One feels instinctively that her scenes are topographical, even when enigmatically so. Saheurs offers the viewer landscapes that are spartan in their application of paint and line, but by no means bleak nor empty. Her landforms are often abuzz with movement and shape and colour. In recent years, especially, they practically fizz with bright feeling and an expressive vigour.
Some of this action hints at recognition, with shapes and figures rendered familiar by suggestions of brushstroke. In the 2019 series Glowing Spaces, is that a fat man on a bike in Winter Spiel V? Is that a soaring bird in the foreground of Lune de fraises, its flight actioned in thin white lines? A closer look finds the same lines in many parts of the canvas, and pointed in all directions. What does it mean? You decide. Saheurs’ paintings are not prescriptive, and they let you take from them what you wish.
She is not stubbornly elusive. The paintings in the 2018 series Geologic Forces are unmistakably of glacial features — frozen mountain valleys, or icy blue melt lakes. Yet even here the inexplicable rises, in the pyramidal shadow of a rugged mountain (a real phenomena seen near Thun), or in lines too straight to be natural, perhaps an allusion to human intrusion in the most inhospitable places.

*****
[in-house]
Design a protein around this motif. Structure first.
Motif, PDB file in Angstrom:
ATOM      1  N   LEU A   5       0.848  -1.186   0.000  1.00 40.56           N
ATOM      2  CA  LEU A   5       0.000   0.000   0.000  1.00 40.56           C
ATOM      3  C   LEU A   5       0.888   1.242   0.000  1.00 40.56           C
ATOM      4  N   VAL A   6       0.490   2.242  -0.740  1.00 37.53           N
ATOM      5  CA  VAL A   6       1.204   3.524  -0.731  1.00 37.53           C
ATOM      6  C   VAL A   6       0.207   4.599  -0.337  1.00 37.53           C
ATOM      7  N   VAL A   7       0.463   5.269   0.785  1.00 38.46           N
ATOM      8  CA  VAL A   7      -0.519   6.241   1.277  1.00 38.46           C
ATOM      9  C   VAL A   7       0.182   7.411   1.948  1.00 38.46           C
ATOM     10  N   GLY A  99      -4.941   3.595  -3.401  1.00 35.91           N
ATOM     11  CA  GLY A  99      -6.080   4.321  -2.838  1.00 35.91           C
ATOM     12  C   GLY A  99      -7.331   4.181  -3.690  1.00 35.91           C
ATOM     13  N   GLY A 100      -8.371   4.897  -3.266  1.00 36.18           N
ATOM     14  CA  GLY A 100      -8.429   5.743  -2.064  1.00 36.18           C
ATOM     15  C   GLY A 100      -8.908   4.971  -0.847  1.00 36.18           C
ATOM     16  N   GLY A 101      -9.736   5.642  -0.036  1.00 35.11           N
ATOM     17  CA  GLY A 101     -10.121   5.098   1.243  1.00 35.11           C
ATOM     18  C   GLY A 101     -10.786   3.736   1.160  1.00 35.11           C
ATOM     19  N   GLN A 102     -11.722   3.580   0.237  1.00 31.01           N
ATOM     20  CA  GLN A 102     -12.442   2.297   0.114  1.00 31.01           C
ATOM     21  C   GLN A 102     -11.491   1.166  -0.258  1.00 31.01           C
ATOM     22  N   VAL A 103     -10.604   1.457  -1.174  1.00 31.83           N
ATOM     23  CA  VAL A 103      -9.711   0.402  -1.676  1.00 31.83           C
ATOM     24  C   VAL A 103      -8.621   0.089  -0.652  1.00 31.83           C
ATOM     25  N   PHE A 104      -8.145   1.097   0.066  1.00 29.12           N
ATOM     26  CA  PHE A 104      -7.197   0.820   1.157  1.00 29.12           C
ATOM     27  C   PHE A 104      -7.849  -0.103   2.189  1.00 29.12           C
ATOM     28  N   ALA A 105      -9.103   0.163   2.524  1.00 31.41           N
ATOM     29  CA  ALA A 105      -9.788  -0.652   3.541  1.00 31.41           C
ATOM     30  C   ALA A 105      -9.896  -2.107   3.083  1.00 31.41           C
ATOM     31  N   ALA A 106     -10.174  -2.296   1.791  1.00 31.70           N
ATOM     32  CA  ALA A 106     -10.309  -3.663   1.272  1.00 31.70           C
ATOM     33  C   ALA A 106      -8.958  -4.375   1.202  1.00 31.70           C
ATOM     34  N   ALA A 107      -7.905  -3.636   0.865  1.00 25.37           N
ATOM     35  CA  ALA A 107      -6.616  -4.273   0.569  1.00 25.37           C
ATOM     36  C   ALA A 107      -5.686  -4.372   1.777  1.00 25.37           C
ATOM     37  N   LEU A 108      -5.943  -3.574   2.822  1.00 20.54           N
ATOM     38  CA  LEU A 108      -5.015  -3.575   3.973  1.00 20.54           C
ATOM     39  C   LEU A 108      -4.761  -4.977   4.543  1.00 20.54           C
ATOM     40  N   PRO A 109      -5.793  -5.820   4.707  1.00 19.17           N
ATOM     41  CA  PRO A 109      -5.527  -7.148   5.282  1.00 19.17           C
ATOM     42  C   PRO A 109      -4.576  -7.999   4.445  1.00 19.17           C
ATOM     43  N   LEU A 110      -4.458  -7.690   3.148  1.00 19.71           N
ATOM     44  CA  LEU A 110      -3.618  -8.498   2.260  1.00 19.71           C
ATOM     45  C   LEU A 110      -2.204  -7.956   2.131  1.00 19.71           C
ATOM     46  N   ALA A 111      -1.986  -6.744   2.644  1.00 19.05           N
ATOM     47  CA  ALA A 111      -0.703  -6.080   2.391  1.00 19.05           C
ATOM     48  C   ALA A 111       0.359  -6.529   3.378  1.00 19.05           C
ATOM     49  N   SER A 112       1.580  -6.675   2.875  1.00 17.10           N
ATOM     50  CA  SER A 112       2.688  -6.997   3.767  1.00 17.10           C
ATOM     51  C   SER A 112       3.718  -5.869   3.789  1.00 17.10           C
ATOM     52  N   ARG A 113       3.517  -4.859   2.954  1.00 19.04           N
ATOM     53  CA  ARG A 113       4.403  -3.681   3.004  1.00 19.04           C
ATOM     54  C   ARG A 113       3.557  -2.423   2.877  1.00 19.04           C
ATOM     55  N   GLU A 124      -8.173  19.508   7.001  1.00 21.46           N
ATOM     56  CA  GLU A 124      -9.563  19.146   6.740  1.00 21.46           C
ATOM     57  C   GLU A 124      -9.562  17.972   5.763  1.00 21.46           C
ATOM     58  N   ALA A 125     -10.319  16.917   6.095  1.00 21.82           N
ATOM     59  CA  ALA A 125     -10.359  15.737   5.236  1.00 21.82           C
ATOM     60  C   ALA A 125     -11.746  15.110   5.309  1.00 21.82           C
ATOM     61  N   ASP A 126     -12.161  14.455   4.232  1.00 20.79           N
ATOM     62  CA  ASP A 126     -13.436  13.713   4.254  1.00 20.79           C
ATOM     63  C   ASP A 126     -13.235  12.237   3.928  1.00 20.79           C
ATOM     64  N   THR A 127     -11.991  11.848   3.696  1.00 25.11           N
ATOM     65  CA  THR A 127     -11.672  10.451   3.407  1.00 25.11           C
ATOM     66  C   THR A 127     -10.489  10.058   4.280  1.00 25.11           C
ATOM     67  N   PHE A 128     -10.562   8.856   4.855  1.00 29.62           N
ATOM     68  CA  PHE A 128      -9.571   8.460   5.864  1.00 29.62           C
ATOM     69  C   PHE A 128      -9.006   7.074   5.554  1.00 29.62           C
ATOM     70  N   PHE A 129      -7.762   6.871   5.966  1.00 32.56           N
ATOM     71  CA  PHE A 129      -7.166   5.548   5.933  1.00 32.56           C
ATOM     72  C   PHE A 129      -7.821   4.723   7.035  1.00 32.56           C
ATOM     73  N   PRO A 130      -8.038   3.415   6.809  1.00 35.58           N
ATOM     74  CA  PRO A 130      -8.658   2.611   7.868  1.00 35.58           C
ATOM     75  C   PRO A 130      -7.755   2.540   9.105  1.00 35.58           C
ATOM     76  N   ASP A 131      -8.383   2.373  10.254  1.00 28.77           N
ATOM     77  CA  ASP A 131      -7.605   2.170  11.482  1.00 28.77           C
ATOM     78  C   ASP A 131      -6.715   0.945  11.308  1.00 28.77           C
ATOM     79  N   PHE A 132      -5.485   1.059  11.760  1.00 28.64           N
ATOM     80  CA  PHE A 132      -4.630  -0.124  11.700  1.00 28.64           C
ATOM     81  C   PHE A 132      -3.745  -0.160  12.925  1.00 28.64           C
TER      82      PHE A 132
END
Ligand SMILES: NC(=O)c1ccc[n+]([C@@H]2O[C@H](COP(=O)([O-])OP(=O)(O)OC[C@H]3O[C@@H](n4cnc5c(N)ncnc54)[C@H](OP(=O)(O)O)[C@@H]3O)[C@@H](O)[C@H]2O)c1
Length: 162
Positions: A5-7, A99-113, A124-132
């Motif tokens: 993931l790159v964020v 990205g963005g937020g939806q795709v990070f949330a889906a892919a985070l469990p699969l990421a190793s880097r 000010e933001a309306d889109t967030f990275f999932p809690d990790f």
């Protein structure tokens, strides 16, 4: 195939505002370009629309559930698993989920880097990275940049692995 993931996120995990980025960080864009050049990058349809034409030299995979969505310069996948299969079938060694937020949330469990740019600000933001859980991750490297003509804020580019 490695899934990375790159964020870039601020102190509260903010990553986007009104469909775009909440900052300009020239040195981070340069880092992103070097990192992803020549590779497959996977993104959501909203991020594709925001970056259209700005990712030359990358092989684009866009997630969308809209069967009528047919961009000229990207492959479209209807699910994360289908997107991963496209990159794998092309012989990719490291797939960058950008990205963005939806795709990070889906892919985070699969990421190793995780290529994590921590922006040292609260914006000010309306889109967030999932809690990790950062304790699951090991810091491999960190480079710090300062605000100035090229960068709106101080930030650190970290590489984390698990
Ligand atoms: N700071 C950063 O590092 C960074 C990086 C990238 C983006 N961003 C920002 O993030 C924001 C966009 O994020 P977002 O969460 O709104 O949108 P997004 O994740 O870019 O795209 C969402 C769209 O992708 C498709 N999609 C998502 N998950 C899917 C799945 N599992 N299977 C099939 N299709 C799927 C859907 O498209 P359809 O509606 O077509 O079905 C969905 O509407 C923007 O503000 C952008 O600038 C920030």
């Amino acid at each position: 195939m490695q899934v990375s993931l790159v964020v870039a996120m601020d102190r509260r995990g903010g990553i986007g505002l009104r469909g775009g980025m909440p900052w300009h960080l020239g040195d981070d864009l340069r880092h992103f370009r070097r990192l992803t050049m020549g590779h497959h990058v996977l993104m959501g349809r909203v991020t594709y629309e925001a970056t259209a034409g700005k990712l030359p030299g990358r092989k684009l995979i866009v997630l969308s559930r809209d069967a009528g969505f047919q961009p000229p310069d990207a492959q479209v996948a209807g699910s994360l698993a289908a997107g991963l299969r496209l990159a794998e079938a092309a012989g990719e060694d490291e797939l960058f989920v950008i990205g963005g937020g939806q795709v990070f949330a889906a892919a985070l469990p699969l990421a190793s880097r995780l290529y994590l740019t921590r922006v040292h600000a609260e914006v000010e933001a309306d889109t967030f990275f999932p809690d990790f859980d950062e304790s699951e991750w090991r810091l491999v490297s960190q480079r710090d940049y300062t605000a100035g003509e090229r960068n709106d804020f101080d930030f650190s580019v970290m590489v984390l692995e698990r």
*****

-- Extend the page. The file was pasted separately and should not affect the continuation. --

More questions arise from the artist’s changing perspective; from the distant, aerial view of a rugged, mountain valley in Ancient Wave (Ptigmatic Fold), to the more enigmatic Erosion, which could be a huge and rugged rock face, but could as easily be a tiny cluster of marine barnacles in macro focus. This is a challenge to the viewer, to reconcile not just the nature of the subject, but the very scale of the thing you’re looking at: Massive or minute?
That artistic call to painting that Saheurs heard was to capture the essence of a world that changes constantly, and to present those changes as awe-inspiring and sometimes achingly beautiful. In Enchanted Space IV, from the 2005 series Fields, the breaking ice of spring seems to flow down the linen surface like the dress in Gustav Klimt’s masterpiece Hope I. We also see this nature-as-drapery effect in Two Lakes and Fields, a collage from the 2003 series Rural Graffiti, in which a narrowing column of fields grows vertically up the canvas like a vast tree, its bark a kaleidoscope of earth tones, while the waters cross its mid-section horizontally like a silk sash of the whitest blue.
Beautiful. Breathtaking. Enigmatic.